The UBC Vancouver campus is located on the traditional territory of the Musqueam community. In 2006, UBC and Musqueam formalized relations through a Memorandum of Affiliation. This memorandum is the formal base of relationship that UBC seeks to have with the Musqueam and other Indigenous communities, and since then, a number of initiatives have been started.

On April 1, 2017, the Reconciliation Pole was installed at the UBC Vancouver campus, on the traditional lands of the Musqueam First Nation. The pole illustrates the long trajectory of Indigenous and Canadian relations to ensure that one part of that, the history of Canada’s Indian residential schools, will never be forgotten (UBC, 2017). The Indian Residential School History and Dialogue Centre will house records and historical material and provide a place to discuss experiences, history, and its effects and implications.

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Attribution: Pole-diagram-full-size from UBC under is licensed under CC BY 2.0
Read more about the reconciliation pole here.

In the years leading up to the 150th Anniversary of Canadian Confederation, the Centre for Sustainable Food Systems collaborated with the Working Group on Indigenous Food Sovereignty on Indigenous food sovereignty and social resiliency issues in British Columbia. Dawn Morrison is from the Secwepemc nation and is the founder of the Working Group on Indigenous Food Sovereignty (WGIFS). Dr. Hannah Wittman is the Academic Director of the UBC Centre for Sustainable Food Systems (CSFS).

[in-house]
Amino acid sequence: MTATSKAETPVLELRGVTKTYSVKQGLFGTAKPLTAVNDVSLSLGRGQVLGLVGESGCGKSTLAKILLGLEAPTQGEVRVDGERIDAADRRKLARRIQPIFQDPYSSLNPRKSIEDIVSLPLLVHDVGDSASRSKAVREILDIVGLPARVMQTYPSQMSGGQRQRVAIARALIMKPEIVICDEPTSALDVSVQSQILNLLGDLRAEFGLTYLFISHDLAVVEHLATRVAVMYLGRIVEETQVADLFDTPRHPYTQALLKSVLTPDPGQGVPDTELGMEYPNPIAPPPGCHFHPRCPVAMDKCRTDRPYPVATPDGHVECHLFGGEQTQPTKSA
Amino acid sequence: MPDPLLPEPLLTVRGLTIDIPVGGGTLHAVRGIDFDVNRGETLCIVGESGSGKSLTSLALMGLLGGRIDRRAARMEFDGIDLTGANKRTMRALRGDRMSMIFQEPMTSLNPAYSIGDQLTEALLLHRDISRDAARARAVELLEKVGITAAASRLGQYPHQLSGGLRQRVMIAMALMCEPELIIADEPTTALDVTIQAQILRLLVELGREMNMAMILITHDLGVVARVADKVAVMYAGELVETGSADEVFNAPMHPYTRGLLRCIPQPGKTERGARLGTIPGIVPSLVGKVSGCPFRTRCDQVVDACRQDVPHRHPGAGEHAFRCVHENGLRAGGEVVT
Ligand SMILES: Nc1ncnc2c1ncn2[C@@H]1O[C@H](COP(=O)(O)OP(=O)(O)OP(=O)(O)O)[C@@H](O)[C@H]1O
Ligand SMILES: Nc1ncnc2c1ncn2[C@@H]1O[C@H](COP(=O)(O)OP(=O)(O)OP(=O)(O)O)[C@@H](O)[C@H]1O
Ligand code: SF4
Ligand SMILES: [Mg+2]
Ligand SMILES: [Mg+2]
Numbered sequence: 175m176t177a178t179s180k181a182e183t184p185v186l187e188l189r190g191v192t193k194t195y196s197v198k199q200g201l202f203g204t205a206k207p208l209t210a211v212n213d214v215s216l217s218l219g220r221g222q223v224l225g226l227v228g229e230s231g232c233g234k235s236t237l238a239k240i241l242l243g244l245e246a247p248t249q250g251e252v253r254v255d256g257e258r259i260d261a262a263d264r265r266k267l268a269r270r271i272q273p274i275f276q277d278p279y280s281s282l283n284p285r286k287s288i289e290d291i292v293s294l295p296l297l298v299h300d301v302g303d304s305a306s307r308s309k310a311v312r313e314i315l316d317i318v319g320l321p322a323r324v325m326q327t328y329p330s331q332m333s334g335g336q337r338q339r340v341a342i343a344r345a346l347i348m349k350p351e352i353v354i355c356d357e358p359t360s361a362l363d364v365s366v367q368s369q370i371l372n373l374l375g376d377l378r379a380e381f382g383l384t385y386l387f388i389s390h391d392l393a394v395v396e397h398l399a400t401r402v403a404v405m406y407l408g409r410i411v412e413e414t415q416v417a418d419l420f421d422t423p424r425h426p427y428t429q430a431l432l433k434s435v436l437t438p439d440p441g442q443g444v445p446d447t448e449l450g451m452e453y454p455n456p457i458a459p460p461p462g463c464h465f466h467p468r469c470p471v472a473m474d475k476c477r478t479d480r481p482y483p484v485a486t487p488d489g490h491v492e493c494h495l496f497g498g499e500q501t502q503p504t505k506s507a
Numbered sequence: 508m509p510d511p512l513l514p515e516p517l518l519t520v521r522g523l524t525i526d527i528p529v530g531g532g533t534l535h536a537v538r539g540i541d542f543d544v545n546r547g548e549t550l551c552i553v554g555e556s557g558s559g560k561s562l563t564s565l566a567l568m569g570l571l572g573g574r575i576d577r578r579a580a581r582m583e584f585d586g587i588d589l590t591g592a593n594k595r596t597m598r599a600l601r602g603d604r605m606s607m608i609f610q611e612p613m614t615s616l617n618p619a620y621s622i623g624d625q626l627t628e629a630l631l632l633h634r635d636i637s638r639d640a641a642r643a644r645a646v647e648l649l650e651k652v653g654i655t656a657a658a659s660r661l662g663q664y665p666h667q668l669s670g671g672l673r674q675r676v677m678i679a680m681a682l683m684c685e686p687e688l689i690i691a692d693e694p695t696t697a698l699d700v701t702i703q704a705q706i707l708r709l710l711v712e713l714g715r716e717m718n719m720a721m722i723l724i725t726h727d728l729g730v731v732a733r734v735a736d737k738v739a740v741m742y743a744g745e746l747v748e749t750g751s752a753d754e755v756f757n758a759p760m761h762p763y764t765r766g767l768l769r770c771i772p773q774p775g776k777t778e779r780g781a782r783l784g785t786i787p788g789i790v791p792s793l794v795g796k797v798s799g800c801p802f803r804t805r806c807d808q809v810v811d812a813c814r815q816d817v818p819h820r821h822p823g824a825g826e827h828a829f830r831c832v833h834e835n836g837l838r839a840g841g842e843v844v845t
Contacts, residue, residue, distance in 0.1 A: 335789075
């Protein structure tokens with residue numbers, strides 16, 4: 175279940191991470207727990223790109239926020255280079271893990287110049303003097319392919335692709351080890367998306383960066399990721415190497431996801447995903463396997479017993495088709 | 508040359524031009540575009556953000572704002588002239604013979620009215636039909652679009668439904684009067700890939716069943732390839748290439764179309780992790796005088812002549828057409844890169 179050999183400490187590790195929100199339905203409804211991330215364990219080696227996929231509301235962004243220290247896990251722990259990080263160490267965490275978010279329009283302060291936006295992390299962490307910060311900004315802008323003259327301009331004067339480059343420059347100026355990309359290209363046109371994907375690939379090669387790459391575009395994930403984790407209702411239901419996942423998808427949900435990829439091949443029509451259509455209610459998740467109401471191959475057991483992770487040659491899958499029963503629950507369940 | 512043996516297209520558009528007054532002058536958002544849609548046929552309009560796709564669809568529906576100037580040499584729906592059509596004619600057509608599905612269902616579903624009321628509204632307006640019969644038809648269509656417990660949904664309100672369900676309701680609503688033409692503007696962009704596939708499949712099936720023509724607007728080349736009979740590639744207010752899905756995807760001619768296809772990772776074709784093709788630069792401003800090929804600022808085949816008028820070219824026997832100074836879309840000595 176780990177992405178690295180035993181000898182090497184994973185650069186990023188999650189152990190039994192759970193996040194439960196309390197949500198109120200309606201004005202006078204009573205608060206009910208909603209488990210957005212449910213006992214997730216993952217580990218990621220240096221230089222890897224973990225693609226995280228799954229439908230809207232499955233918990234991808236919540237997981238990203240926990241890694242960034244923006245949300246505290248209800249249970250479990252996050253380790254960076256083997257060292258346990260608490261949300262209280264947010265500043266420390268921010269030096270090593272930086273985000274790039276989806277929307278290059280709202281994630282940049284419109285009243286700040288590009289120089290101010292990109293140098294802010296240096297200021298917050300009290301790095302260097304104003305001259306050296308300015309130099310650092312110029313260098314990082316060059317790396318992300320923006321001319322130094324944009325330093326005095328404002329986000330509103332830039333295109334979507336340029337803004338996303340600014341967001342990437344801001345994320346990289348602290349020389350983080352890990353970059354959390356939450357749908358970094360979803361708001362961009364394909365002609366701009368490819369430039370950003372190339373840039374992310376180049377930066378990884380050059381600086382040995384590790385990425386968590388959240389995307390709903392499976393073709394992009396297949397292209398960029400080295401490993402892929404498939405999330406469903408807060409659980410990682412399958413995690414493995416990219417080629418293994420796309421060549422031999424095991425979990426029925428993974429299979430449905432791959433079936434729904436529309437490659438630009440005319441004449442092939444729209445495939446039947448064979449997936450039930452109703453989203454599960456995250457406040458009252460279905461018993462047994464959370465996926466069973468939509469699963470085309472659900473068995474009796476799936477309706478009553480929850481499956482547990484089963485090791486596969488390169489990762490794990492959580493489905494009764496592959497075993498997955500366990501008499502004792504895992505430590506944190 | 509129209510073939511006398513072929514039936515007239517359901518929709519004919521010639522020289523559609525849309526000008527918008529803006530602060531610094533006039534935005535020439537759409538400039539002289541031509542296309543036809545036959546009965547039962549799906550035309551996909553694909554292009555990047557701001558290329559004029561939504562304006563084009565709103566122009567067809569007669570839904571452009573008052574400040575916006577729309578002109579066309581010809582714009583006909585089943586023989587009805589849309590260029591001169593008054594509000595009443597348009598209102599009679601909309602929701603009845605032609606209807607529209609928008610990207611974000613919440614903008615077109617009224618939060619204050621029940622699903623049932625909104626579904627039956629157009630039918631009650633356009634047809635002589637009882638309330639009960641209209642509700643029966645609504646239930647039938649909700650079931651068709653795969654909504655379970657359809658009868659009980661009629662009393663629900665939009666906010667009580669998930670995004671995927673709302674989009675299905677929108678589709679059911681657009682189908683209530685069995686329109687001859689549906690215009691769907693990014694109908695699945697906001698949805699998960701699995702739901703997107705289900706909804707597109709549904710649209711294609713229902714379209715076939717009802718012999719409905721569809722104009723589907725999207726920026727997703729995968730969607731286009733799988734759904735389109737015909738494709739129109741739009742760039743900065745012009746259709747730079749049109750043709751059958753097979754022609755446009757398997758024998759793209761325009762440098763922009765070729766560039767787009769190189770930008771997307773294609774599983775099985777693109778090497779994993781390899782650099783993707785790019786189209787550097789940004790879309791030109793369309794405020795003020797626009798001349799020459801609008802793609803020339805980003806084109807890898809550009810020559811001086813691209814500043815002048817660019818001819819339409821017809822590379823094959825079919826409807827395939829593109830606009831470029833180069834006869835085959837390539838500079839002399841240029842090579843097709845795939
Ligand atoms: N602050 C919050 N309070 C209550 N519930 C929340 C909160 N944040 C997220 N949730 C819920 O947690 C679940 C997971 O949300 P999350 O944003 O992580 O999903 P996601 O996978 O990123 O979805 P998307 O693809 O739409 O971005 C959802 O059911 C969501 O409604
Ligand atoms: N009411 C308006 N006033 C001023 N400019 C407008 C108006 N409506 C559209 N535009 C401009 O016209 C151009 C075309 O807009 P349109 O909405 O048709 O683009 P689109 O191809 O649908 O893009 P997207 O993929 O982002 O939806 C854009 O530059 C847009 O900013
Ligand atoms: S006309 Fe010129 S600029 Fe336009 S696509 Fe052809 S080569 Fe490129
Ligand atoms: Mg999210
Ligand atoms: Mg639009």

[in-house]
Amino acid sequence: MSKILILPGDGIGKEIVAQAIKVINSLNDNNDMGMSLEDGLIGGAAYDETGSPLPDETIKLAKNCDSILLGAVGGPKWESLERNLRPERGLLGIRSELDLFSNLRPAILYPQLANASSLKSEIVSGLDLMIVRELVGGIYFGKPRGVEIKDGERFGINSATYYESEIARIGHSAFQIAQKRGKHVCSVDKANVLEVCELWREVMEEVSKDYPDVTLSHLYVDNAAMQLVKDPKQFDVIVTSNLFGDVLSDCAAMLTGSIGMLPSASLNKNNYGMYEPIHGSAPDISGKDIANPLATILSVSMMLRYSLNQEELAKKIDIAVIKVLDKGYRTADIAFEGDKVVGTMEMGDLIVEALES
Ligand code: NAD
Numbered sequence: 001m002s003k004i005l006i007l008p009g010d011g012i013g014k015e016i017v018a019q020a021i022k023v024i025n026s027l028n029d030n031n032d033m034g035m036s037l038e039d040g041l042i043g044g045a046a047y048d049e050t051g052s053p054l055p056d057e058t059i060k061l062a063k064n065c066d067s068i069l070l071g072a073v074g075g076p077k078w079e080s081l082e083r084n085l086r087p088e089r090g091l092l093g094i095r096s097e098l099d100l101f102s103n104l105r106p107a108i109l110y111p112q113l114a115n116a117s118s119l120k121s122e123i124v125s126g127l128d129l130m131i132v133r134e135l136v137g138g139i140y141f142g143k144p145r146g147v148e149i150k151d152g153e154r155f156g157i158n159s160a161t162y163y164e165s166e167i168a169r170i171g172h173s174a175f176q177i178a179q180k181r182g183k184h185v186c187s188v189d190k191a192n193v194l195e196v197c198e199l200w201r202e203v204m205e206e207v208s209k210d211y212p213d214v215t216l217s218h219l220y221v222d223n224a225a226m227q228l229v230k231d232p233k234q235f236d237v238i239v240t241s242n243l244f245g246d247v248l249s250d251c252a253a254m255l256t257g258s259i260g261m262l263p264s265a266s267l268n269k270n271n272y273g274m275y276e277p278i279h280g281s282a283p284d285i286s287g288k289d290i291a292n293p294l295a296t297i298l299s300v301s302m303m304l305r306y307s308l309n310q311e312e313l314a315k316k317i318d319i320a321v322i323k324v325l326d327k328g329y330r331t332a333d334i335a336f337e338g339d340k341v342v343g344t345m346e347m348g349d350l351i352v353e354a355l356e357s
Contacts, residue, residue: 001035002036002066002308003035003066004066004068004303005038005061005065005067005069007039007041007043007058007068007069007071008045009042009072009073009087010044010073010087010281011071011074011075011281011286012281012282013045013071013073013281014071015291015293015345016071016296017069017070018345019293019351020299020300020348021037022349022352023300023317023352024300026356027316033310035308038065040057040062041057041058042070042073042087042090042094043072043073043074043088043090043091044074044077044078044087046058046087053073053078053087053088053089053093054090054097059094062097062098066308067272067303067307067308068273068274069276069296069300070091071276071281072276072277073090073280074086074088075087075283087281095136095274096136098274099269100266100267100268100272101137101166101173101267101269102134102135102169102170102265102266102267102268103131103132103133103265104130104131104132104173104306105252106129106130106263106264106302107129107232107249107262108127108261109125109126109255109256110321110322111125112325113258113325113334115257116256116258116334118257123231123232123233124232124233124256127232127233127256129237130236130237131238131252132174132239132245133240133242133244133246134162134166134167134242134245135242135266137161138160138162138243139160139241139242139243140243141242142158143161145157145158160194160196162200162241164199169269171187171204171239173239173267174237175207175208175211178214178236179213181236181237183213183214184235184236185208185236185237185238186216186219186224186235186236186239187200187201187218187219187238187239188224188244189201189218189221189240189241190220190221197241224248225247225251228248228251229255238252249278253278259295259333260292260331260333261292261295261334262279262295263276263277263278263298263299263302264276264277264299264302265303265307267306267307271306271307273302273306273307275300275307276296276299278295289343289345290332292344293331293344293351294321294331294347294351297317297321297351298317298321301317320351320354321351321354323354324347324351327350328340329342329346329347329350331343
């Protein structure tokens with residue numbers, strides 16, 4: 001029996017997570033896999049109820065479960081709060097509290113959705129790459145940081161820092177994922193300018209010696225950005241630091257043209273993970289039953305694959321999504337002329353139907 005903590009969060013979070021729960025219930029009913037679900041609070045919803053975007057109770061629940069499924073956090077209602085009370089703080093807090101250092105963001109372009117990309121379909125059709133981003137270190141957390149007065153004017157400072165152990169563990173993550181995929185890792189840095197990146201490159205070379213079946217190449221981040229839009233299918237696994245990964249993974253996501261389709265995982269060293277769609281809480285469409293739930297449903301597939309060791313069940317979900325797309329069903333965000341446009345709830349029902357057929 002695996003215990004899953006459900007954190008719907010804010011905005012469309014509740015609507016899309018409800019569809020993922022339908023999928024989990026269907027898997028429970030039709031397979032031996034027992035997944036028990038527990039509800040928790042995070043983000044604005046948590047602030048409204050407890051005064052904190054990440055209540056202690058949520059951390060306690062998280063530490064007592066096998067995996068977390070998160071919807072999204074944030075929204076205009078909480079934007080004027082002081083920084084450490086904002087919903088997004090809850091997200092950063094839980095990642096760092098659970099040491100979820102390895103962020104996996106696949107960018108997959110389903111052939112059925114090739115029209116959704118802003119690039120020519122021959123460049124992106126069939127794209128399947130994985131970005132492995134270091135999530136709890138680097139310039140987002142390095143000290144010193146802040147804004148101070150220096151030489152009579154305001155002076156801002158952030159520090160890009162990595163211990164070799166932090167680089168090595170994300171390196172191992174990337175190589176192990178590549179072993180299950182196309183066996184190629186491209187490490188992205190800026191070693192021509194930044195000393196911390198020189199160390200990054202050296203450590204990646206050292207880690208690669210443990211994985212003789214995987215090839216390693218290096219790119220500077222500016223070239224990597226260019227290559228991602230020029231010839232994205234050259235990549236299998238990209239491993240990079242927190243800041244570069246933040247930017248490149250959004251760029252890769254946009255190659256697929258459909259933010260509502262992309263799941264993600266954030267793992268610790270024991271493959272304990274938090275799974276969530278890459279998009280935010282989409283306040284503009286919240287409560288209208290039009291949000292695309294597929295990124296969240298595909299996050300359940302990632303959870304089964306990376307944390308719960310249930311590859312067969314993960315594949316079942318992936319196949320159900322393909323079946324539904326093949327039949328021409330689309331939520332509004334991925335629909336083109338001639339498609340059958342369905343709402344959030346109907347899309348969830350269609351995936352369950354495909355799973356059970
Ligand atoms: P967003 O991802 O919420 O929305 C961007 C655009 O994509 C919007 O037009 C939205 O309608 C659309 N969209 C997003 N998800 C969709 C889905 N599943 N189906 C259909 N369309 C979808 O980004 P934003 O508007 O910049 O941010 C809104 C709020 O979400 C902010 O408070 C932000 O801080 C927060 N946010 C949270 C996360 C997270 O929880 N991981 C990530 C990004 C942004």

Dr. Wittman and Ms. Morrison’s discussion in the book chapter, Indigenous Land and Food, explores the potential of addressing the social and environmental injustices of Indigenous peoples by going to the “learning edges” between settler allies and Indigenous peoples and by working together to decolonize research and relationships. While universities can serve as research-intensive institutions contributing to the public interest, academia can also be a tool of colonization, appropriation, and oppression (see Connecting Communities: Principles for Musqueam-UBC Collaboration, 2015). However, by working closely alongside community organizations, universities can also serve as partners to build and foster the social learning that can support a more socially and environmentally just food system for all.